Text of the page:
I'd personally feel a little offended on behalf of me and my baby if you disappeared every time I breastfed. Baby has to eat, and in the early days it'll be quite a frequent occurrence! Offer me a drink or tidy things away by all means, but don't wait till I'm feeding to do it.

TimeOfGlass Sun 10-Apr-16 18:23:12

I preferred it when people just carried on as normal - if I'd wanted privacy I'd have excused myself and gone to another room or asked them for privacy.

But if you're unsure, then yes, ask your friends what they'd prefer.

cornishglos Sun 10-Apr-16 18:24:15

When I am breastfeeding it feels so normal as I do it so many times a day it doesn't really occur to me that I might need privacy or space.

AlleyCatandRastaMouse Sun 10-Apr-16 18:25:30

Tbh I would think you were uncomfortable if you did as you suggest and I associate people's discomfort with BF by their lack of exposure to it. I definitely would not think you were leaving for my benefit so I might start to feel uncomfortable too which is a pity.

My parents used to be dreadfully uncomfortable when I had DD1, they used to ask me to go upstairs to BF supposedly for my own benefit. Then DSIL had her DD and BF and they did not have the nerve to ask her which was just as well because she would have been gone for years grin her kids have BF for 4-5 years a piece so they got used to it and now they have had many more long term BF grandchildren so it would not even occur to them to remotely care so you can actually acclimatise because they were pretty bad.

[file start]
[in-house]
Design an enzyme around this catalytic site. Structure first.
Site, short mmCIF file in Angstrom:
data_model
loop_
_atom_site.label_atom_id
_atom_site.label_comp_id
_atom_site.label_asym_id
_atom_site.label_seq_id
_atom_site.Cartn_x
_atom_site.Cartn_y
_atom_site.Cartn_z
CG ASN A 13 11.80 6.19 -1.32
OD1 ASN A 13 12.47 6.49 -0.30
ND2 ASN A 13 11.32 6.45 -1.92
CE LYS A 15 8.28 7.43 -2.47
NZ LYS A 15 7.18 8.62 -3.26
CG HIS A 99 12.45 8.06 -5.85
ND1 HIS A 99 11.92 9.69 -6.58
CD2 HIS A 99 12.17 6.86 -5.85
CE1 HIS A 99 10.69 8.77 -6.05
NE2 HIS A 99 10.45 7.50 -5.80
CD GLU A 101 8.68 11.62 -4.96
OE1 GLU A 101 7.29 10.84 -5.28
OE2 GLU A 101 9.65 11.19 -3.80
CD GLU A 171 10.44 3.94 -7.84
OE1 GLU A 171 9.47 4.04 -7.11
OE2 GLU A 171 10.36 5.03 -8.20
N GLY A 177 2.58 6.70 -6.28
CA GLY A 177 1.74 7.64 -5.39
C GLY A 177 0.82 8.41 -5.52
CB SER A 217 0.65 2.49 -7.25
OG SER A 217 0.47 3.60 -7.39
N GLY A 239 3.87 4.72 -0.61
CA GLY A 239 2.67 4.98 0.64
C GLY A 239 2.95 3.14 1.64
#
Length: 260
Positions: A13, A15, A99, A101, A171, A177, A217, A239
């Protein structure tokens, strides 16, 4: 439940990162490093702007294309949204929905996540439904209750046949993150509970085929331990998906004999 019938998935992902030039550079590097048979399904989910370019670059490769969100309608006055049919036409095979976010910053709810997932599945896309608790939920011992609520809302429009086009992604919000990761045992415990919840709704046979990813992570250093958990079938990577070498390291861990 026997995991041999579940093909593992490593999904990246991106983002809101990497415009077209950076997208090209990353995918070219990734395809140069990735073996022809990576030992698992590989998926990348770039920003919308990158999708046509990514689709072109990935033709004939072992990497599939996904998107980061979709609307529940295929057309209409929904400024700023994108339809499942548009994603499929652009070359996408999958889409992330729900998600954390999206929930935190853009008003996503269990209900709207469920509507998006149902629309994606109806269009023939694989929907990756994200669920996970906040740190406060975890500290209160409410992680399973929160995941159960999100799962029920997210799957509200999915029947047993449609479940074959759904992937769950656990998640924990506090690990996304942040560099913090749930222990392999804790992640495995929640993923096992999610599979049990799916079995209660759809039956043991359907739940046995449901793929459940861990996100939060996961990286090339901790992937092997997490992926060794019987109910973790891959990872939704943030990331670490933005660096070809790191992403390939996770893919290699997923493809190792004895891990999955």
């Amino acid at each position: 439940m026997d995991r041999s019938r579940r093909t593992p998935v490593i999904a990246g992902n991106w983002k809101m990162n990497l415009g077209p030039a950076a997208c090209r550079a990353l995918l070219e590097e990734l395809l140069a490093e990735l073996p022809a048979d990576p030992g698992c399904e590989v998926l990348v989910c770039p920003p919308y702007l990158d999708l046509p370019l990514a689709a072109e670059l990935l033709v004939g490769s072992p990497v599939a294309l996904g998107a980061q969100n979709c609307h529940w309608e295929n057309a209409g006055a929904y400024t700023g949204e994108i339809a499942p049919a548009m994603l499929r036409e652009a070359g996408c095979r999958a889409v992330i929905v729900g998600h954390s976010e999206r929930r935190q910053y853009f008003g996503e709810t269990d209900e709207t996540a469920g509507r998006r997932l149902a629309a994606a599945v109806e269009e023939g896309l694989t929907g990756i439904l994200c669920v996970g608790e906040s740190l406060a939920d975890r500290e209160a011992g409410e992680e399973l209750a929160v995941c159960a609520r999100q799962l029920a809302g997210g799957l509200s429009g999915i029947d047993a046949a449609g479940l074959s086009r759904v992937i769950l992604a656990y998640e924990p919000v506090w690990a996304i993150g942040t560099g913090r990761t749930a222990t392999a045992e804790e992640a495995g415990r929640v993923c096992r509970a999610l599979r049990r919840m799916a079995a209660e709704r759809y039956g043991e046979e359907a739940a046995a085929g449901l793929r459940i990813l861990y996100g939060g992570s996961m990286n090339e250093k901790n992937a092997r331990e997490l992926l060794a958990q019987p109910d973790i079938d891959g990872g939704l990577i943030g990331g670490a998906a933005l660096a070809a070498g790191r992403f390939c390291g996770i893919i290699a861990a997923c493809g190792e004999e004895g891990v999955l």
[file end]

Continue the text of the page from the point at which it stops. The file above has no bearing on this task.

ShebaShimmyShake Sun 10-Apr-16 18:37:19

I prefer people just carry on as normal. I'm not doing anything offensive. In public or with men around I use a nursing cover simply because I prefer to. I would be a bit upset if the vicinity cleared because I was feeding my daughter. Mothers who prefer privacy will seek it themselves.

SnuffleGruntSnorter Sun 10-Apr-16 18:40:54

I was bowled over by the thoughtfulness of a friend who got me a glass of water when I was breastfeeding because she'd asked a similar question on a parenting site and that was the response. I was so very thirsty every time I fed for the first few months and it meant a lot that she had wanted to make me happy.

Kr1stina Sun 10-Apr-16 18:44:21